There’s an old saying that politics is about forging compromises, building coalitions and making deals.
With the Turnbull government now needing nine of the 11 crossbenchers to pass legislation in the senate if Labor and the Greens block it, the saying has never been truer.
It’s easy to despair about the current situation and wish for a time when Australian politics was much simpler – when the two major parties ruled the roost and minor parties knew their place.
Over last 40 years, only the Australian Democrats and more recently the Greens have intruded upon the Labor and Liberal/National dominance of our national politics.
Whether the past or present is preferable in terms of Australian politics is a matter of personal opinion.
Some of us want the certitude of a clean sweep of both houses of parliament so a government can get on with the job unimpeded.
Others believe that a more politically balanced Senate provides the sort of checks and balances that can temper a government’s conduct and ensure that it is truly governing for all.
There’s a more recent view that the proliferation of minor parties and figures in the Senate is a good thing which reflects the diversity of opinion within Australian society.
This view is often connected with a cynicism about the major parties and a belief that the average person and their concerns get lost in the influence pedalled by big business, unions, media and government bureaucracies.
While you might not like some or all of the recent arrivals in the Senate, they are likely to force at least some consideration of alternative views and accommodations if things are going to get done.
This is where the compromises, coalitions and deals kick in.
A winner takes all approach to government with our new parliament simply won’t work.
Whether they like it or not, both the government and the opposition will need to work with Senators Lambie, Hinch, Hanson and others to get things done.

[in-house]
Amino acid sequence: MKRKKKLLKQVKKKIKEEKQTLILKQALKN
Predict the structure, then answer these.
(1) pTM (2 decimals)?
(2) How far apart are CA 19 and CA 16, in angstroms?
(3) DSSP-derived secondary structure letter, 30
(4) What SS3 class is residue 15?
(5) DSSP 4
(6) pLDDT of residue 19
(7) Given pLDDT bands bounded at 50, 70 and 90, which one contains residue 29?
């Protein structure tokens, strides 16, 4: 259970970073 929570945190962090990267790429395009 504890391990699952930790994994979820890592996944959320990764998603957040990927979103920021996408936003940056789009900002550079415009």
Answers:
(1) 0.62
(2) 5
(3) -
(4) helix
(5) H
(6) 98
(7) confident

The most influential players on the government side will be those members who are capable of engaging in an ongoing dialogue with the cross benches that is grounded in empathy, understanding and real sense of the common good.
The same goes for the opposition. It’s safe to assume that Bill Shorten and his parliamentary colleagues will be developing close relationships with Senators who come from very different perspectives politically.
Good negotiators find common ground where at first there might appear to be little, and view issues and problems in an expansive rather than limited way.
This is a parliament where the negotiators and not the thugs will have the upper hand.
There’s another way of looking at the new Australian parliament that invites at least some optimism as well.
Most if not practically all people who enter parliament as our representatives do so to make Australia a better place.
In other words, our politicians despite their many flaws act in what they consider is the common good and our interests.
Frequently we feel that their efforts are far from successful and we enjoy complaining about it enthusiastically.
Perhaps it’s just possible that with the messy new parliament about to get underway and our politicians conscious of the growing cynicism of the electorate about their conduct, working with, as opposed to against, each other is the best way to serve not just their own interests, but the public interest as well.
Here’s hoping they see the light.
Tony Farley is the executive director of the Catholic Commission for Employment Relations